Non-governmental organizations also promote awareness of environmental and good governance issues in business. These include Quercus Portugal, which publishes guidelines and organizes events to promote environmental responsibility in business practices, and Transparencia e Integridade Associacao Civica (TIAC), which produces reports on corruption on everything from soccer match-fixing to conflicts of interest in public and private enterprise. TIAC also allows whistle-blowers to anonymously submit reports of corruption through their website.
Portugal represents a success story in fighting child labor from its supply chain, as the public and private sector came together decisively to eradicate child labor issues from the 1990’s. However, Portugal remains a source, transit, and destination country for men, women, and children subjected to forced labor trafficking. In 2019, a series of large COVID-19 outbreaks unveiled how groups of migrant workers at berry farms were subject to poor housing and sanitary conditions.
Portugal does not participate in the Extractive Industries Transparency Initiative (EITI) or the Voluntary Principles on Security and Human Rights. The country’s two main umbrella unions, CGTP-Confederação Geral dos Trabalhadores Portugueses and UGT-União Geral dos Trabalhadores, also regularly denounce and combat non-compliant business practices, particularly related to labor rights violations.
Portugal potentially holds some of the largest lithium reserves in Europe and is preparing to advance with battery-grade ore mining. While some recognize the role of lithium for energy transition, several NGOs issued negative opinions of planned mine projects, warning about open-pit methods that will provoke dust, noise, and detonations around the clock, damaging the lifestyle and health of local population. Environmentalists also warn about the risks to local species such as water moles, the Iberian wolf and river mussels. In January 2020, 14 civil society and environmental associations signed a national manifest against Portugal’s mining plans
Portugal’s national climate strategy aims to reach net zero emissions by 2050. In its 2021-2030 National Energy and Climate plan, Portugal sets out goals for decarbonization, energy efficiency, energy security, internal energy markets and research, innovation, and competitiveness. Portugal’s installed solar capacity is now about 7 percent of the energy mix and is expected to reach 8 GW of solar capacity, or 27 percent of the energy mix by 2030. The Government is promoting significant investments in wind and solar energy development to meet its target of 47 percent energy from renewables by 2030. Portugal reduced its external energy dependence by 9.1 percentage points in 2021 versus 2005, increasing domestic energy generation and reducing the consumption of primary energy by 17 percent, ensuring greater supply security. Portugal’s path to a carbon neutral economy includes: incentives for energy efficiency; promoting diversification of energy sources; increasing electrification; reinforcement and modernization of infrastructure; development of interconnections; market stability for investors; reconfiguration and digitalization of the market; incentives for research and innovation, promotion of low-carbon processes, products and services; and improved energy services and information for consumers.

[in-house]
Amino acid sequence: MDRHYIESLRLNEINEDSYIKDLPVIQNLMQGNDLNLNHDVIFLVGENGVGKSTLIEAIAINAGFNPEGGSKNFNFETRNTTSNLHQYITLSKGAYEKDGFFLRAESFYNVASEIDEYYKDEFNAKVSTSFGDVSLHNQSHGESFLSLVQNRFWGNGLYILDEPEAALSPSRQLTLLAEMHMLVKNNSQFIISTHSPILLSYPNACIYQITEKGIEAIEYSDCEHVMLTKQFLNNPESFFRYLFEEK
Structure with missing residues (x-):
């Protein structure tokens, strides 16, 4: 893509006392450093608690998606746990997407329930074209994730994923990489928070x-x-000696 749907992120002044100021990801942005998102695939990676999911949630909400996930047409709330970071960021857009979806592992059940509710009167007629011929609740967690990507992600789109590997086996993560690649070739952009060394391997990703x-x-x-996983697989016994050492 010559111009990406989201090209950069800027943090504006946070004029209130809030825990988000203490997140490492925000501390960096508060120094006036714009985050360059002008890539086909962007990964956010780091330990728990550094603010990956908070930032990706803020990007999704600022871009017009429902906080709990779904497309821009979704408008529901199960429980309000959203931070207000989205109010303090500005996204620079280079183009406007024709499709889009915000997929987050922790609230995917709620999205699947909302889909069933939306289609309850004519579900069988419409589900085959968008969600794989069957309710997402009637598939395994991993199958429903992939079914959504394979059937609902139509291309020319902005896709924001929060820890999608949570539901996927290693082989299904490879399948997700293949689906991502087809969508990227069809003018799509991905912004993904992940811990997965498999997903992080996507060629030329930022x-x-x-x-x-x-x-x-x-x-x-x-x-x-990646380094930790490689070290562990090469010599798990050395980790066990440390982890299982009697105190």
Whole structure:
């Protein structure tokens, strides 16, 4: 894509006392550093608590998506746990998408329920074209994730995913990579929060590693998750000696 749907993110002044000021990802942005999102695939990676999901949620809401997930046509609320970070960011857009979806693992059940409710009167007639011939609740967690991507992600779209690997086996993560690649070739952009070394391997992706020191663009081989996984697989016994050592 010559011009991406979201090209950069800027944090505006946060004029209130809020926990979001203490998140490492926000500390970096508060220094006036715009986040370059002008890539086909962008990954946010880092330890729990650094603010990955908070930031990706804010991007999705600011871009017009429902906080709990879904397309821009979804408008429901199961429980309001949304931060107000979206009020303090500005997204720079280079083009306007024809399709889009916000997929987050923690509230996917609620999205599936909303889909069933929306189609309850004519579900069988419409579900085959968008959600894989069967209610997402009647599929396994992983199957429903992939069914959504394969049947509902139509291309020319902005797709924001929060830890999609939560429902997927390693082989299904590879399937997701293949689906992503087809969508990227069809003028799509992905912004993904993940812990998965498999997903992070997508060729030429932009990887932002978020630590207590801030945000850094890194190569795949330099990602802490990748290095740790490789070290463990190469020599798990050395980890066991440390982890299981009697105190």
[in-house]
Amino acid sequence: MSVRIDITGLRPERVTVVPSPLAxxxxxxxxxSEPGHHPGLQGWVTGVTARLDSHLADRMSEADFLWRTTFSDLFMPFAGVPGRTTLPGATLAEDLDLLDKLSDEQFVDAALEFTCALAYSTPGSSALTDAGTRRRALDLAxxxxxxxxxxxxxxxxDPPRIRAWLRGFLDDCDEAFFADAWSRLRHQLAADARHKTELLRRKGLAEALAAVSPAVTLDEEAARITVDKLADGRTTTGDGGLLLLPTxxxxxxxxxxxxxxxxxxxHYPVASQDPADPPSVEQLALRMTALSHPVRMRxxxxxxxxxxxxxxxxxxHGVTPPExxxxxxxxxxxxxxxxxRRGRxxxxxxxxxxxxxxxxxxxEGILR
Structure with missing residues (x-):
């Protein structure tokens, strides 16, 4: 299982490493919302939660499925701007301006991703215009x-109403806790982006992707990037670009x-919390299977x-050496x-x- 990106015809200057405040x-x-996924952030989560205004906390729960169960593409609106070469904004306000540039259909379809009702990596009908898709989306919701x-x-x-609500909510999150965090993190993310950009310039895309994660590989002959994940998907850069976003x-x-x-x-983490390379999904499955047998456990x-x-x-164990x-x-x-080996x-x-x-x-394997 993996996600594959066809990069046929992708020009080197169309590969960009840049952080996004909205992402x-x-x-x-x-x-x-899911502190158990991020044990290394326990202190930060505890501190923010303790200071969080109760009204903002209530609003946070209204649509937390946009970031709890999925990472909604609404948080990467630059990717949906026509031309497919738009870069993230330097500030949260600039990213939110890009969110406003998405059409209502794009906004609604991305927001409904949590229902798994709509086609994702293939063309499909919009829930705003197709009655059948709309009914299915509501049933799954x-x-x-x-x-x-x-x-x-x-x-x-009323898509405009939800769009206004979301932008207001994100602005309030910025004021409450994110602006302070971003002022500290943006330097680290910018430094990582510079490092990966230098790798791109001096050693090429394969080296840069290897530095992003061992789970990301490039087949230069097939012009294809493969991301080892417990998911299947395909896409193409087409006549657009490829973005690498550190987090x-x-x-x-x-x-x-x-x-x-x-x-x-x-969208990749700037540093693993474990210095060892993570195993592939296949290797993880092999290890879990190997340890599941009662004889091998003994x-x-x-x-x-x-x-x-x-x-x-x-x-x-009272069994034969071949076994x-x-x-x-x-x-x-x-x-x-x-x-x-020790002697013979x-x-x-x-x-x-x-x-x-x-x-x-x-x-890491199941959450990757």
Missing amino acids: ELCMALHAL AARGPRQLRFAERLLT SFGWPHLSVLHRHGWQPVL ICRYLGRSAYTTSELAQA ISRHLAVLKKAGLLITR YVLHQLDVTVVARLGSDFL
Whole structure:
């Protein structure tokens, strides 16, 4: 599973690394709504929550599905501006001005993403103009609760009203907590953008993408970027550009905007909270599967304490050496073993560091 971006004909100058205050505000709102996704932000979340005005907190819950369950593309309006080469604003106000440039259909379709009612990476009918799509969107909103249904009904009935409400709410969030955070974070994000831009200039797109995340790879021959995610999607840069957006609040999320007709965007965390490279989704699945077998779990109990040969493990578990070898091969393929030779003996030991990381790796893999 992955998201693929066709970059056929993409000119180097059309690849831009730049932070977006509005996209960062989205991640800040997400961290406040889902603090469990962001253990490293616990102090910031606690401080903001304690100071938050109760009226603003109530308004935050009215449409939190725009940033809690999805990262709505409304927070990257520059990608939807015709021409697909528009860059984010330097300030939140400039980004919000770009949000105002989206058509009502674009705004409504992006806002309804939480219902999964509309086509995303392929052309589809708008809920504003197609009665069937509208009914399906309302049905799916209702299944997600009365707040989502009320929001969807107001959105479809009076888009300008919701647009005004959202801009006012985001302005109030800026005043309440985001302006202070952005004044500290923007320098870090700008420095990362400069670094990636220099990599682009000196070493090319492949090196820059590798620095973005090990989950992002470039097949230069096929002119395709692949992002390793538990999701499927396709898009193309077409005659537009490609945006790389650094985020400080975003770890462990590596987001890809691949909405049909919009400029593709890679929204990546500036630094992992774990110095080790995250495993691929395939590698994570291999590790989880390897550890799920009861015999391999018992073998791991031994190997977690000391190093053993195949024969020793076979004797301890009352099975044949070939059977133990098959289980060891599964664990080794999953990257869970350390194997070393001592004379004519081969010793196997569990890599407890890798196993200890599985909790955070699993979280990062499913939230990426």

When it comes to public procurement and instruments for the State to accelerate the climate transition, Portugal has a ‘once-in-a-generation chance’ to boost its efforts. The country can use around €16.6 billion in European Union (EU) pandemic response funds expected to flow to state coffers between 2021 and 2026 to support its Recovery and Resilience Plan (RRP), of which the government will allocate 47 percent to efforts that help climate objectives. Public procurement and investment policies dictate that large infrastructure, industrial, mining, and other environmentally sensitive initiatives require the approval of impact assessment studies, supervised and assessed by the Portuguese Agency for the Environment (APA), before moving forward.
U.S. firms do not identify corruption as an obstacle to foreign direct investment. Portugal has made legislative strides toward further criminalizing corruption. The government’s Council for the Prevention of Corruption, formed in 2008, is an independent administrative body that works closely with the Court of Auditors to prevent corruption in public and private organizations that use public funds. Transparencia e Integridade Associacao Civica, the local affiliate of Transparency International, also actively publishes reports on corruption and supports would-be whistleblowers in Portugal.
In 2010, the country adopted a law criminalizing violation of urban planning rules and increasing transparency in political party funding. In 2015, Parliament unanimously approved a revision to existing anti-corruption laws that extended the statute of limitations for the crime of trading in influence to 15 years, and criminalized embezzlement by employees of state-owned enterprises with a prison term of up to eight years. The laws extend to family members of officials and to political parties.
Despite being seen as generally aligned with the best international practices in terms of preventing and combating corruption, a June 2019 interim report by the Council of Europe’s Group of States against Corruption (GRECO) concluded that only one of the fifteen recommendations contained in GRECO´s Fourth Round Evaluation Report had been implemented satisfactorily or dealt in a satisfactory manner by Portugal at end-2019 in terms of compliance with GRECO anti-corruption recommendations addressed to lawmakers, judges and prosecutors.
Portugal ranked 32nd out of 180 countries in Transparency International (TI)’s 2021 Corruption Perception Index (CPI), an improvement of one position from the previous year.